Environmentalism, like politics in general, is depressingly polarized these days.
On one side, alarmists like the activist Bill McKibben, climatologist James Hansen and blogger Joe Romm warn that if we don’t cut way back on fossil fuels—now!—civilization may collapse. On the other side, deniers, including most of the current GOP candidates for president, won’t even accept a causal link between surging carbon emissions and warmer temperatures. (Newt Gingrich advocated countering global warming in 2007 but now, sucking up to conservatives, calls global warming an unproven “theory.”)
Forced to choose, I’d go with the alarmists, who at least are guided by science and concern about humanity’s long-term future. But some greens, notably Romm, are so shrill and hyper-partisan that they harm their own cause. Just as many voters yearn for a third party that transcends the fractious old politics, so I and many other people are eager to hear fresh, creative approaches to global warming and other enviro-threats.
That’s why I’m a fan of Ted Nordhaus (left in photo) and Michael Shellenberger, iconoclasts who run a think tank, the Breakthrough Institute, in Oakland, Calif. While most green—and anti-green—activists preach to the converted, Nordhaus and Shellenberger challenge basic environmental assumptions and values. Even if they don’t totally convince you, they should force you to reconsider your views on, for example, the debate over fracking.
In their 2004 essay “The Death of Environmentalism” and 2007 book Break Through: From the Death of Environmentalism to the Politics of Possibility (Houghton Mifflin Co.), they chastised greens for suggesting that perils such as global warming can only be addressed by curbing human progress. Economic development and technological innovation are essential, Nordhaus and Shellenberger argued, to help us overcome ecological crises.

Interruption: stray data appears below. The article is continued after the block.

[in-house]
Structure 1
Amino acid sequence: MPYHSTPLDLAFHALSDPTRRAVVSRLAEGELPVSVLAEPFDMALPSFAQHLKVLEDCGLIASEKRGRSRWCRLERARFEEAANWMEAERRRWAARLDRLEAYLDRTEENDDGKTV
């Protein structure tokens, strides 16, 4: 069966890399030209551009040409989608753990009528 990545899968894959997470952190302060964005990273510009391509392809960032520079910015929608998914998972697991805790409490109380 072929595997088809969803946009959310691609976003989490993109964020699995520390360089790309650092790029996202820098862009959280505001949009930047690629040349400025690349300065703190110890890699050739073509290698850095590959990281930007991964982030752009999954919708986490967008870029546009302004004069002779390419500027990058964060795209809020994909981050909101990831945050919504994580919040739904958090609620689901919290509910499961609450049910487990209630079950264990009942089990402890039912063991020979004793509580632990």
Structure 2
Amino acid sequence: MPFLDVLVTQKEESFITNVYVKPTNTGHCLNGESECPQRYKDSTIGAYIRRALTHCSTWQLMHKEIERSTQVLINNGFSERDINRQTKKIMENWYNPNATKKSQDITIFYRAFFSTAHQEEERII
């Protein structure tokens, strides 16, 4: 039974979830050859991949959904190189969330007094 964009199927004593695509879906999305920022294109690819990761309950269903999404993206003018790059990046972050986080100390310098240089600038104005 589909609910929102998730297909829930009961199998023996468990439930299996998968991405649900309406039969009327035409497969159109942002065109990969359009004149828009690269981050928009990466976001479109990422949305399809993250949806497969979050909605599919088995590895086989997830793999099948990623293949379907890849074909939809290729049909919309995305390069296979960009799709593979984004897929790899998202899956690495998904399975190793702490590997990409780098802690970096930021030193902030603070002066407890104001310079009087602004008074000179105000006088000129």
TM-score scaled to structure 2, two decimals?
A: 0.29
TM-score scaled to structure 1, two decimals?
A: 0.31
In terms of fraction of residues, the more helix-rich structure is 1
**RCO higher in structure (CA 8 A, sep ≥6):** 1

I thought this message would resonate with faculty and students at the engineering school where I teach. And so in 2008 I brought Nordhaus and Shellenberger to my school to have a public conversation with Andy Revkin, then a New York Times reporter and now author of the influential Dot Earth blog. Later I chatted with Shellenberger on Bloggingheads.tv.
Now, I’m happy to report, Nordhaus and Shellenberger are back with an e-book, Love Your Monsters: Postenvironmentalism and the Anthropocene (Breakthrough Institute, 2011), in which they and other thinkers–including the French philosopher Bruno LaTour, whose riff on Frankenstein gives the book its name–re-envision environmentalism in upbeat terms. What I like best about the book is its optimism, which I’m coming to believe is a prerequisite for progress. What follows is my email interview with Michael and Ted about their new book.
John: Love Your Monsters makes the argument that the Anthropocene, the age of man, is something we should embrace. What do you mean by that?
Michael: What we mean is that don’t have any choice. We are now the dominant ecological force on the planet and that means that we must ever more actively manage our environment. It is both a responsibility and an opportunity and it demands that we actually make hard choices. If we want more forests and more wild places, then we’ll need more people living in cities and more intensive agriculture. If we want less global warming, then we’ll need to replace fossil energy with clean energy, including a lot of nuclear energy. If we want to save places like the Amazon rainforest then we have to recognize that, over the next 50 years, a lot of the Amazon is going to be developed. The choices will come down to where we want development, and what we might save in the process.
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